The blurring and confusion are because of the long-running battle between Democrats, who have pushed for greater diversity as a goal through legislation, and Republicans, who have pushed back, largely through the courts. While the U.S. Supreme Court’s ruling against using race as a criterion in college admission decisions last year does not literally apply to employment, the underlying rationale seemed to apply to jobs as well—and gave the opposition to DEI programs greater legitimacy.

The backlash against DEI has come mainly in the form of complaints by Attorneys General in conservative states and private legal groups telling employers that such policies should be dropped because, in their view, they violate the law. CEOs and their boards certainly noticed the conservative attacks on Budweiser and Target’s marketing approaches to diverse audiences and also how those two companies quickly backtracked.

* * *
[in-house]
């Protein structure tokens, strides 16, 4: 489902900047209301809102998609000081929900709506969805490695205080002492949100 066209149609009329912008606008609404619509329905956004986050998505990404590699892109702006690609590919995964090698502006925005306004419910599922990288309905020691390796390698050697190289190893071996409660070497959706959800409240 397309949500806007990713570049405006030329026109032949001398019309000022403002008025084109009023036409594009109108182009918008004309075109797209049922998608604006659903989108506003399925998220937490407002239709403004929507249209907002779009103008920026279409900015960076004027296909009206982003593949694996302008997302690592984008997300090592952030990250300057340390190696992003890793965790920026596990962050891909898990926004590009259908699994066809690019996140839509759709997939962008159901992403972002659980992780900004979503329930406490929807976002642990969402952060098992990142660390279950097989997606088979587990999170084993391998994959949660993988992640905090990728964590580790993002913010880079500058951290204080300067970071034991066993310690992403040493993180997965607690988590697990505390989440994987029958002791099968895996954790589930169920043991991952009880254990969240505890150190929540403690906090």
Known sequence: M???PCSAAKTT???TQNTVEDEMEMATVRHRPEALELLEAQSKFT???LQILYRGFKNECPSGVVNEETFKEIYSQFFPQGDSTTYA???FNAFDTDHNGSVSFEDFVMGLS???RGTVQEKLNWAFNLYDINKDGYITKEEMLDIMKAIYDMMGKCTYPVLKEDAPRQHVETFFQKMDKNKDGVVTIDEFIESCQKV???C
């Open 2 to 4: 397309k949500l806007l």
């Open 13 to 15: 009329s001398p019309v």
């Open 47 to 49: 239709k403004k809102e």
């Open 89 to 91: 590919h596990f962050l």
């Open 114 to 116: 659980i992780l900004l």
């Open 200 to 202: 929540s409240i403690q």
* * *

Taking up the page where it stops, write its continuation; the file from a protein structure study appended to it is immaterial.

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While many business leaders—perhaps most—are personally committed to their DEI goals, there are also limits as to how much energy and effort they want to put into defending themselves against attacks. They also don’t want to be out of step with where their leaders are—and it is not a super-liberal bunch, despite what the “anti-woke” warriors seem to think. So, how far will the backlash take us?

A changing landscape for DEI

Lots of HR initiatives seem to be under cost pressure now, including DEI initiatives—independent of any political pushback. LinkedIn data shows that DEI job postings have been dropping for the past two years. As all observers of corporate behavior know, there is also an attention issue with company policies, as other issues steal the attention away. There are a lot of other challenges competing for that attention now.